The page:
Trahan changes tune on campaign cash
Congresswoman Lori Trahan wouldn’t look as bad right now if she had accurately explained the source of a last minute campaign-cash infusion soon after she was first asked about it.
From the time the Boston Globe’s Andrea Estes first started poking around about it earlier this year, there was strong suggestion that her husband, businessman David Trahan, might have helped bankroll a late-game ad blitz. On Wednesday, Trahan essentially conceded as much, issuing a nearly five-page statement that said she and her husband made a deal when they married in 2007 that all of “the income that each of us earned would be our marital property, and each of us would have an equal right to manage and spend it.” She added: “We actually wrote it down.”
Therefore, according to Trahan’s reasoning, when her husband shifted $300,000 from his income into their joint account in the months before the Democratic primary, it was already her money and available for use in a hard-fought contest.
As Trahan pointed out in a letter to her supporters, she could have structured things differently by asking her husband to cover household expenses, while she drew on lines of credit staked in their home equity and stockpiled cash from her former consulting business earnings, which totaled $635,000 in 2017 and 2018.
In an interview with NBC Boston’s Alison King in April, Trahan suggested sexist ideas about women’s earning power were behind the allegations that she might have violated campaign finance laws, and she categorically denied that her husband had helped her beyond the $2,700 contribution allowed by law.
“Yeah. Look, the suggestion that I personally did not have the funds available is completely inaccurate,” Trahan said. “This notion that a woman can’t come from a public school system in the city of Lowell and start her own business and have a successful career is exactly what needs to be debunked in this country.”
As Trahan acknowledged Wednesday, the couple moved $305,000 in income earned by her husband into the joint account from which she loaned her campaign $300,000. Trahan also used a home equity credit line to loan her campaign $71,000. Trahan says she didn’t think much about exactly where the money was coming from during the campaign. She said she now knows “the way I contributed those funds constitute a gray area in campaign finance law,” but is confident she did not violate the law, citing precedents set by Jane Fonda and Bob Dole. (Her legal tab for this campaign mess tops $186,000.)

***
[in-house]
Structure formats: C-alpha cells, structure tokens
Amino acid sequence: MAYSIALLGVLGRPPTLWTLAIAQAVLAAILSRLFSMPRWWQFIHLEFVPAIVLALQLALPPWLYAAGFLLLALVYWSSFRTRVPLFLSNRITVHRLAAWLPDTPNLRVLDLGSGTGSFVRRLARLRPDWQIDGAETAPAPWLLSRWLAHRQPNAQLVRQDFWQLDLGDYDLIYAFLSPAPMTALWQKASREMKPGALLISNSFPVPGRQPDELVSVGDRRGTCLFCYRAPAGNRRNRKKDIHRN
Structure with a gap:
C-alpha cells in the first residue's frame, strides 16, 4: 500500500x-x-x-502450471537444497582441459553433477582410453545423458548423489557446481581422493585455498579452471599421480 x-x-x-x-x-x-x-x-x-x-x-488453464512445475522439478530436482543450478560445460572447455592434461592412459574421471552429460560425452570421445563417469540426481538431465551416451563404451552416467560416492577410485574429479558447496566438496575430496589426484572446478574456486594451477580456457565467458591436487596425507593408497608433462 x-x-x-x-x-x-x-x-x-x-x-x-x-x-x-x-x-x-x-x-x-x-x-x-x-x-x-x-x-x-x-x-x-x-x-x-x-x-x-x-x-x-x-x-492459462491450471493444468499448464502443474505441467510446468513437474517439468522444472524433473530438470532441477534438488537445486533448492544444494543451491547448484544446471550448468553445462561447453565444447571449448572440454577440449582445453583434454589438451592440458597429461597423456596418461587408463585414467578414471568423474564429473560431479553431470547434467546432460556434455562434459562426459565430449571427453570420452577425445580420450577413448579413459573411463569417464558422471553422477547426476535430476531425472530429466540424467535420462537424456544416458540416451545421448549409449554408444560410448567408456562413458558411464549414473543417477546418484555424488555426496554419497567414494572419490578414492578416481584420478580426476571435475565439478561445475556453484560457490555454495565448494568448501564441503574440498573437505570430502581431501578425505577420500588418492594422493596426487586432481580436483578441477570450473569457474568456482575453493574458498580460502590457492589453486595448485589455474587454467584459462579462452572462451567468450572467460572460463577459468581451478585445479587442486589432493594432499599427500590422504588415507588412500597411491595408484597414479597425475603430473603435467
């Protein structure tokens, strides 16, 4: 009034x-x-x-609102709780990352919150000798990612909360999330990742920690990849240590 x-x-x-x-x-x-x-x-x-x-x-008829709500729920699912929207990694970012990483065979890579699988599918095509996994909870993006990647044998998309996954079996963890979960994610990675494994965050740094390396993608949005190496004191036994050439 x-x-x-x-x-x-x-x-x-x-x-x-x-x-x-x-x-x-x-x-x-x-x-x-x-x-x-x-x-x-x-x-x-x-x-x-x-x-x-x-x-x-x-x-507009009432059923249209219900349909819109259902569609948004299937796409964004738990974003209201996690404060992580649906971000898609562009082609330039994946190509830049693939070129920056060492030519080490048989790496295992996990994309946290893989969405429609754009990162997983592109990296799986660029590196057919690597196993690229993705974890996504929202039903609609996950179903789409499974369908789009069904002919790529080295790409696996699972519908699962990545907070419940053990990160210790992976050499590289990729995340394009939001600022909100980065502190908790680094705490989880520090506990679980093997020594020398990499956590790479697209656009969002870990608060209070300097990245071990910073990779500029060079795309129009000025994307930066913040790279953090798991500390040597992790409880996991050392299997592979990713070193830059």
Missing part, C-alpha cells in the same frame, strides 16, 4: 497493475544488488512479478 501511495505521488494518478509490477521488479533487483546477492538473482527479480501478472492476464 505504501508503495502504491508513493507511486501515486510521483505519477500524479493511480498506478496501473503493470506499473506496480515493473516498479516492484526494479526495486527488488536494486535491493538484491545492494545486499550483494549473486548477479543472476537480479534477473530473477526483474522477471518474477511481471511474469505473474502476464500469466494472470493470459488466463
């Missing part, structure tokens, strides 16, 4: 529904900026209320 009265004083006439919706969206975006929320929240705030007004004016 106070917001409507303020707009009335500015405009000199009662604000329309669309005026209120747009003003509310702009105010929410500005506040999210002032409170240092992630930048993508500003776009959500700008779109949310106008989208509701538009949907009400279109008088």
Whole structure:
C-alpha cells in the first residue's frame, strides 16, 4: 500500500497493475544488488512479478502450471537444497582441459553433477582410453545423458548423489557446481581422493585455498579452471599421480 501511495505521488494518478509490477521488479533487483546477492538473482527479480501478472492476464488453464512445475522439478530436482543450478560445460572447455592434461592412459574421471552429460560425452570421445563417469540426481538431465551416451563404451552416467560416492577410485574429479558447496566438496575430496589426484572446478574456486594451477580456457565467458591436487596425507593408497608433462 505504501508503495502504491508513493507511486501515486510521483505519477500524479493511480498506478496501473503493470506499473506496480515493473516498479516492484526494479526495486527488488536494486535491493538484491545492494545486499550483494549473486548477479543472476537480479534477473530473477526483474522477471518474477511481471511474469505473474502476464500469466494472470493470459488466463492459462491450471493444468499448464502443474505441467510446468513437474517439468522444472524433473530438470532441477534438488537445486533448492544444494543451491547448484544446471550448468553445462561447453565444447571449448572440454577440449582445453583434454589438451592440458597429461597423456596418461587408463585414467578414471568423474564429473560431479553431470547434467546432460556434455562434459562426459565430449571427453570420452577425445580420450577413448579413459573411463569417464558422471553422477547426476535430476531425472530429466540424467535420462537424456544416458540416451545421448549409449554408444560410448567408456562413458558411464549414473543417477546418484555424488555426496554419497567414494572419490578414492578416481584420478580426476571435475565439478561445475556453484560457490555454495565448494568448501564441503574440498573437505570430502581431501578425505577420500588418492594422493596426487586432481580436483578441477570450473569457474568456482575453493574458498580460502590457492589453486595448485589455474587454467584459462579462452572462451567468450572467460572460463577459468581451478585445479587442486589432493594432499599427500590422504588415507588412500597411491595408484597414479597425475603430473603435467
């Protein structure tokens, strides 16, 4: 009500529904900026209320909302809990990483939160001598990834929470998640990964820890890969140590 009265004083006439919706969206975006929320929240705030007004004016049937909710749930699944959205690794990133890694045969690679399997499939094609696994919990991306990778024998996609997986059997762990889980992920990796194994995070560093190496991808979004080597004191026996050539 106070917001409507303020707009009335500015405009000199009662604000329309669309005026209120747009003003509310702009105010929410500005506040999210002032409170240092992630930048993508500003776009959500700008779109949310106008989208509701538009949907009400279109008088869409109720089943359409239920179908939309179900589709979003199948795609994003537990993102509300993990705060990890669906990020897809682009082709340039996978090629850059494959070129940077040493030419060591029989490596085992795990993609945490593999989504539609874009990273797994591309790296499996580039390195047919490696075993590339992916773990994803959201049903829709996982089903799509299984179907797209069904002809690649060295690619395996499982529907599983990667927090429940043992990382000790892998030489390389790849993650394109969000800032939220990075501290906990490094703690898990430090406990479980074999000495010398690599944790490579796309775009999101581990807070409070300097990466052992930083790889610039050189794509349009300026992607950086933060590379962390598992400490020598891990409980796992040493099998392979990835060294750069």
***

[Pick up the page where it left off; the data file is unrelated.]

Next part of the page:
There’s one lasting impact from all the questions surrounding how Trahan financed her campaign. Since the story published in March, the Globe reported that Trahan has paid or owed a total of more than $186,000 to the firm Perkins Coie, which is helping her manage financial disclosures.
Those loans funded an ad blitz that may have helped Trahan eke out a 145-vote victory over her closest rival, Dan Koh, who had left his job as Boston Mayor Marty Walsh’s chief of staff to move to the district and run for Congress.
Koh held his tongue when the Globe first raised questions in March, but since then Koh has launched a series of broadsides against the congresswoman and mulled taking another shot at the seat next year. In October, Koh acknowledged polling the district, and issued a public challenge to Trahan. If she provided the public with bank statements and her 2018 client list, and if those prove she “did nothing wrong,” then he would not run against her.
Koh hasn’t said what he will do, but he issued a statement saying “it is clear today that our member of Congress broke those laws during her campaign and then tried to hide it,” according to Stephanie Murray of Politico.
John Cluverius, an assistant professor of political science at the University of Massachusetts Lowell, told the Sun that the campaign finance issue isn’t likely to motivate voters.
“You can’t put ‘Lori Trahan treated a joint checking account like an individual checking account, vote her out’ on a bumper sticker,” he said.
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